Although we could not communicate, our faces beamed with camaraderie given our common goal of democratic peace. Renowned peace activist and Soviet writer Ilya Ehrenburg and Chilean poet Pablo Neruda were also there, as well as Gusta Fučíková, the widow of Czech revolutionary Julius Fučík, who galvanized the revolutionary consciousness of the Korean people with his diary Notes from the Gallows. Their handshakes with our Korean delegation were especially impassioned and vigorous as if they were grasping the hands of the entire Korean people at once. They first inquired about General Kim Ilsŏng.
II. Chairman Mao's Banquet
On the evening of the 30th, Chairman Mao Zedong hosted the National Day banquet. The festivities were held at Hui Yin Tang of the former palace where Empress Dowager Cixi used to wallow [End Page 301] in her luxuries. Hui Yin Tang was also the historic site where the central government of the People's Republic of China was inaugurated two years ago.
The foreign delegations were guided to the main hall's left annex, decked with celebratory flags and filled with banquet tables of delicacies. The wives of General Zhu De and Vice-chairman Liu Shaoqi explained that the ambassadors from various nations were in the right annex. Filling the main hall were representatives from the Shaanxi revolutionary base, joined by the heroes of the People's Liberation Army and voluntary forces. Also present were exemplary laborers and farmers of the nation, leaders of political parties and social organizations, university presidents and faculty representatives from Beijing, representatives from the Chinese diaspora, outstanding individual merchants and industrialists, and representatives of ethnic minorities in China.
Facing the 1,400 domestic representatives was a stage decorated with flowers, national emblems, and flags. The Chairman's party was seated in rows beneath the stage.
Of all the representatives from China, my eyes were drawn to the people's representatives from the Shaanxi base. Most were old men with hoary hair who had taken part in the decade-long land reform from 1927, the anti-Japanese national salvation movement from 1937 to 1945, and the people's liberation war from 1945 to 1949. Some Koreans had also participated as representatives of the northeastern revolutionary bases. During the May 30 Riot of 1930, Korean farmers even took the initiative in organizing agricultural soviets in the northeastern regions around Jilin, including Helong and Wangcheng.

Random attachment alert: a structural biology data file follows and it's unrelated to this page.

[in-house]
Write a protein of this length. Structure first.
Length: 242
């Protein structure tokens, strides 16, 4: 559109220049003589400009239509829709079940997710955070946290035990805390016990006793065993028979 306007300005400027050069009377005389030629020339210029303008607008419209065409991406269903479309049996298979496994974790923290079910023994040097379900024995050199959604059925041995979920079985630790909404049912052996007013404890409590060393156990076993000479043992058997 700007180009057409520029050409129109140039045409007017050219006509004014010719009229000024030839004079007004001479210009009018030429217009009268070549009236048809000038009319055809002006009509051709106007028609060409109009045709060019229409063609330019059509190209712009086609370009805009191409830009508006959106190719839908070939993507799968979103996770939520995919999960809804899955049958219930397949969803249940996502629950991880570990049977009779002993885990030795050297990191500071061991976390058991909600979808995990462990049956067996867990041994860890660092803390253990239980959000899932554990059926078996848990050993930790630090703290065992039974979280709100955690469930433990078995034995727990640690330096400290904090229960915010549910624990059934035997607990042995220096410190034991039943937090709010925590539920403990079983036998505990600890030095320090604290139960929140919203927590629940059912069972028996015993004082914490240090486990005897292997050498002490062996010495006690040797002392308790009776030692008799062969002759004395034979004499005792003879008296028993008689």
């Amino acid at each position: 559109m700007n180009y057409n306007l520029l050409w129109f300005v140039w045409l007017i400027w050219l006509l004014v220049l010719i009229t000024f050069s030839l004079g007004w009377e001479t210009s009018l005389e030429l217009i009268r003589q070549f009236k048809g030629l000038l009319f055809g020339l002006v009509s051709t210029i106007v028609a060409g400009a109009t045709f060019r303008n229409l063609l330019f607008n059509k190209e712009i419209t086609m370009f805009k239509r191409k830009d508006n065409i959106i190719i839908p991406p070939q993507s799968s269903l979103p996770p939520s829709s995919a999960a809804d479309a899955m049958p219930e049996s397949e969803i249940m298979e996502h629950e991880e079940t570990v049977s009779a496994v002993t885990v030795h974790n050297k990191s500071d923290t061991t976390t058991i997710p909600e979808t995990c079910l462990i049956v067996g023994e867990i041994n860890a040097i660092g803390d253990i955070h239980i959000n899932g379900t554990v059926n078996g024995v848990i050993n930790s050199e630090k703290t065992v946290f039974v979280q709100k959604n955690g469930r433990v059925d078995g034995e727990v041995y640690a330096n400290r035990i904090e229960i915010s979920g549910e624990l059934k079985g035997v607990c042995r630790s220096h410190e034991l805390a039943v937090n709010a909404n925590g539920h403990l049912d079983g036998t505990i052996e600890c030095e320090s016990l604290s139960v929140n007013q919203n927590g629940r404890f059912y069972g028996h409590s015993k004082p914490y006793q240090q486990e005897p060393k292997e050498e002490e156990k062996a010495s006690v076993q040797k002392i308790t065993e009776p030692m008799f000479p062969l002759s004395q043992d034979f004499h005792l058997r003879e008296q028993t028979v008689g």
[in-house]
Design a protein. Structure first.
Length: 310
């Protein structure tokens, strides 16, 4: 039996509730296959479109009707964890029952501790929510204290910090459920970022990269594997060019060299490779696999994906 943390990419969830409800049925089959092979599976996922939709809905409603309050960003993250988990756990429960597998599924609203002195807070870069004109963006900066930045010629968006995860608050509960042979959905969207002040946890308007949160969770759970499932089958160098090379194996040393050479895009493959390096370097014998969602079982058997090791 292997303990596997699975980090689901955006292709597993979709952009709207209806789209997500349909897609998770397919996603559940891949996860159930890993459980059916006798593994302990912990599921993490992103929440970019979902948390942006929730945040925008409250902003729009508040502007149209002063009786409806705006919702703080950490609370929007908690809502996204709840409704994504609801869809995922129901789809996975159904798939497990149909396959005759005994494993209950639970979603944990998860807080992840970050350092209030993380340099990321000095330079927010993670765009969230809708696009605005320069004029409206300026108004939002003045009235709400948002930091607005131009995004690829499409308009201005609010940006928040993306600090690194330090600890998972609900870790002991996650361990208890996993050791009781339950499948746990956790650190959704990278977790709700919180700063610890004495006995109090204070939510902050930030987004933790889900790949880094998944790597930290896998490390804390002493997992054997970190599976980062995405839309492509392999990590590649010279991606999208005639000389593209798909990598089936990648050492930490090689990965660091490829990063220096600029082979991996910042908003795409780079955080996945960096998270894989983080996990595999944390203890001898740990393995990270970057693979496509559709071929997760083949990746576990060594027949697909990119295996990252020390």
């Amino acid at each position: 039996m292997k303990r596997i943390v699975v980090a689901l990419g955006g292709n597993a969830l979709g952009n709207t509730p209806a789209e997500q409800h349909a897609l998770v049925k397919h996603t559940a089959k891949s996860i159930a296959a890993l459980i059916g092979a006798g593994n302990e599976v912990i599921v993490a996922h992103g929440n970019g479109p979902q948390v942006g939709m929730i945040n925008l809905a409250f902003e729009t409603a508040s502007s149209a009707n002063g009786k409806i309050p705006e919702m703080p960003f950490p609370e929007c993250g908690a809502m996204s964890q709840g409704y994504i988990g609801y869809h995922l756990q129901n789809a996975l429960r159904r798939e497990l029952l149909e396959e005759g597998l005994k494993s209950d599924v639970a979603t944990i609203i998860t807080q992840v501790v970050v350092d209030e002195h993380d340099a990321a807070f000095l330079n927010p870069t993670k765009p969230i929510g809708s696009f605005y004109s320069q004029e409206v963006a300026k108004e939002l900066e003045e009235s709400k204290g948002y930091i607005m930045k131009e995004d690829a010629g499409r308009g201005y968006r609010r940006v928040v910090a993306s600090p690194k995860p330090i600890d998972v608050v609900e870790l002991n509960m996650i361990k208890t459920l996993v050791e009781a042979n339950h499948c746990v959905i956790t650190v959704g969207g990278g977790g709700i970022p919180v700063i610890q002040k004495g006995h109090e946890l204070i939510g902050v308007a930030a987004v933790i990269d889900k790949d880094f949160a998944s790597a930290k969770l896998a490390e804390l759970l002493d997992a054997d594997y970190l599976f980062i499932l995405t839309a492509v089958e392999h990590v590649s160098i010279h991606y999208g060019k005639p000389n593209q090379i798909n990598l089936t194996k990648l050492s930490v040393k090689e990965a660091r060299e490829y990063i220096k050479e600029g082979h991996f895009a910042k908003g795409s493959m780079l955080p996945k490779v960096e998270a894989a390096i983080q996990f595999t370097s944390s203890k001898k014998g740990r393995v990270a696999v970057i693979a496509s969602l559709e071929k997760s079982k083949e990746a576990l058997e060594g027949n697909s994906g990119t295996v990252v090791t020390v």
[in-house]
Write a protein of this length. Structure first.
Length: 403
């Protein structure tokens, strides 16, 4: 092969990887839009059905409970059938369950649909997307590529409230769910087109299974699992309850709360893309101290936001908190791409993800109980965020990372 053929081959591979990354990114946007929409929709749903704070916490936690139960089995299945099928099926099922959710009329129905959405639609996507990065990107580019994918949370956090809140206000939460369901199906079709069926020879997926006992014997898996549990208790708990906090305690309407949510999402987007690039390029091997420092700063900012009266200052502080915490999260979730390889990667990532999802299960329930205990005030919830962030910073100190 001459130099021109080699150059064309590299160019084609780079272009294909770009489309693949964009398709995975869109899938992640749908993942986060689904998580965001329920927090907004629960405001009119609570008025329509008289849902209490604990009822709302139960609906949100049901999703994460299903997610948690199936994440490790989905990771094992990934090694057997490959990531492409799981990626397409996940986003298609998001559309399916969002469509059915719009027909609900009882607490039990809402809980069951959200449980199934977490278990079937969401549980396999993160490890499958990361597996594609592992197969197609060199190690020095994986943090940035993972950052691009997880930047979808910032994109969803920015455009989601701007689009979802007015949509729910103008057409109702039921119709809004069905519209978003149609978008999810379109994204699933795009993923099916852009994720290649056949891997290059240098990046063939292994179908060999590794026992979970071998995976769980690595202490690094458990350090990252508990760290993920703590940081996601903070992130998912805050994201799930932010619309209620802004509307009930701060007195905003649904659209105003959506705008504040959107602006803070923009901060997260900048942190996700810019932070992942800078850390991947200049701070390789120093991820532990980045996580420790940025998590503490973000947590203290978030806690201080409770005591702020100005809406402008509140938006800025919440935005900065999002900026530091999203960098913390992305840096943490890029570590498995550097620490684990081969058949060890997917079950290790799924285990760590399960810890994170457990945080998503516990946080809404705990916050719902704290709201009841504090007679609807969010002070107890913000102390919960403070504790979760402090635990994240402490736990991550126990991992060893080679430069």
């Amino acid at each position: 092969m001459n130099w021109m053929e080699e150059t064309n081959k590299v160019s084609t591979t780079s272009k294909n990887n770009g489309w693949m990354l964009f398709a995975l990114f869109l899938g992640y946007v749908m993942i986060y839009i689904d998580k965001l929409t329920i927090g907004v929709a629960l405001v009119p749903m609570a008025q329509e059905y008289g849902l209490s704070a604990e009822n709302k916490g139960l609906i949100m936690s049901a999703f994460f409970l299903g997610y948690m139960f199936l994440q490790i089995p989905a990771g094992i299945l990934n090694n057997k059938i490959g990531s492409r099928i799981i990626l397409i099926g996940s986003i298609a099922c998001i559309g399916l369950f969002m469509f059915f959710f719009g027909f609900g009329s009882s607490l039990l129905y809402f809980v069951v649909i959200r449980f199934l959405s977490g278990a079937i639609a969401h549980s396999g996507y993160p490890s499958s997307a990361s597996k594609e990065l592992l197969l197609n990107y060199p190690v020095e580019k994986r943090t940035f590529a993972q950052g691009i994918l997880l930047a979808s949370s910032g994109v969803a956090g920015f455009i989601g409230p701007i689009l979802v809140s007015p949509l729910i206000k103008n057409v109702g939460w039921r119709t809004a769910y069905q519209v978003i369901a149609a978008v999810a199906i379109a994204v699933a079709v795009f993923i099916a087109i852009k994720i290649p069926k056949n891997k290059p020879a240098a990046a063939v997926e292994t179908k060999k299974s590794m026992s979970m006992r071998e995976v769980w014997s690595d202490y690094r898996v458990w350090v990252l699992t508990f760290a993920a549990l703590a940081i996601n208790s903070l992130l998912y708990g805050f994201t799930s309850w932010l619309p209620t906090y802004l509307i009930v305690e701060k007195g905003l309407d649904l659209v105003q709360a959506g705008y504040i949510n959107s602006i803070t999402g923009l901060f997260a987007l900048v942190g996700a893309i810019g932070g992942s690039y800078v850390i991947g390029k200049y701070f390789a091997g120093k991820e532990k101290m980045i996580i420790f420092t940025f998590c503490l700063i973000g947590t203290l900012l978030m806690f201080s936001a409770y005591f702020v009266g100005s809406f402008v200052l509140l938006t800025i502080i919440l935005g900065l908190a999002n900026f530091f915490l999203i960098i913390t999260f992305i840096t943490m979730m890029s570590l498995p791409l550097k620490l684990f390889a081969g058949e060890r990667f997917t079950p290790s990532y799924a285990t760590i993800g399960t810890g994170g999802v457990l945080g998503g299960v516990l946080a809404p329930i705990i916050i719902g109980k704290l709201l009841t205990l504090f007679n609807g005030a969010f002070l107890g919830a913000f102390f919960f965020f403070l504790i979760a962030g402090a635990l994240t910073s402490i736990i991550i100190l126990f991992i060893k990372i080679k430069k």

Abruptly, thunderous applause reverberated throughout the hall. Chairman Mao's coterie had entered. Everyone stood fervidly on tiptoe and peered at the chairman. He was a towering man with a radiant face. His serene, deep, and heavy eyes revealed his boundless intelligence and generosity.
Veterans of the Shaanxi base led the procession and raised a toast to the chairman's stage. Like their hands, which held [End Page 302] wineglasses, their faces were copper colored and scarred, bulging like crags and old tree trunks from their arduous struggle. Here were the perennially steadfast roots of the great People's Republic of China that could withstand any deluge. Despite the obvious evidence of their privations, their eyes greeted their leader with immeasurable pathos and the highest honor, some flashing with tears. When their wineglasses clinked with Chairman Mao's, some men were so overjoyed they spilled their wine. Observing from nearby, I was warmed by the scene.
I reminisced about the faces of our Korean brothers, which had turned dark as dirt and as menacing as rocks or tree stumps through our own arduous struggle for our fatherland. When our People's Army courageously pivoted to a counter-offensive, I met at liberated Ongjin peninsula countless laborers and farmers emancipated from prisons in Seoul, Taejŏn, Muju, Kimchŏn, and Hapch'ŏn, as well as fathers and grandmothers of partisans in the T'aebaek and Jiri mountains. They looked up at the republic's flag in tears, and asked when General Kim Ilsŏng would visit their region. Even at this hour, they are resolutely fighting our enemies over the corpses of their sons and daughters! They are battling bravely with indomitable spirit!
People who struggle must prevail! They must raise glasses in triumph! The day will come when our people in the T'aebaek, Jiri, and Halla mountains will toast, with celebratory drinks, victory with our supreme leader General Kim Ilsŏng under the flag and emblem of the Democratic People's Republic of Korea! That day must come! The triumphant toasts of Chairman Mao and the people's representatives from the Shaanxi base are infallible guarantees!
The foreign delegations from fourteen nations took turns shaking hands, making toasts, and offering the enthusiastic applause of fraternity and camaraderie from their fatherland's people to the chiefs of this nation, including Chairman Mao. From 7:30 p.m., the banquet continued convivially for two hours. [End Page 303]
III. The Scene of Tiananmen on the National Day
The new morning we greeted in Beijing was October 1st, China's Founding Day. At every window and on every table were sensuously blossoming national flowers of every color exuding the fragrance of autumn sunshine. Beijing is renowned for its fine autumn.
In a serpentine line, the foreign delegations meandered past yellow roof tiles and red walls before entering the imperial garden.
For how many centuries have those junipers been alive! Measuring several arm-spans, they covered the sky in rows and columns. Along with the yellow enamel roof tiles eroded by precipitation and wind, the antler-like branches of aged junipers whispered of the tumultuous history of this venerable palace. Today the place has been turned into a "cultural palace" for workers, and contributes to the cultivation and recreation of its true masters who constructed it along with Zhongshan Park across the way.
A resplendent cinnamon and turquoise gate tower floated gently through the shade of the cedars, with their thick branches and clusters of leaves. This was the Tiananmen that Chinese from every corner of this expansive continent have gazed at warmly, the Tiananmen that would rise like a dragon king's palace over the sea of 400,000 cheering people. We passed Tiananmen to enter its square, and ascended the western stage reserved for dignitaries.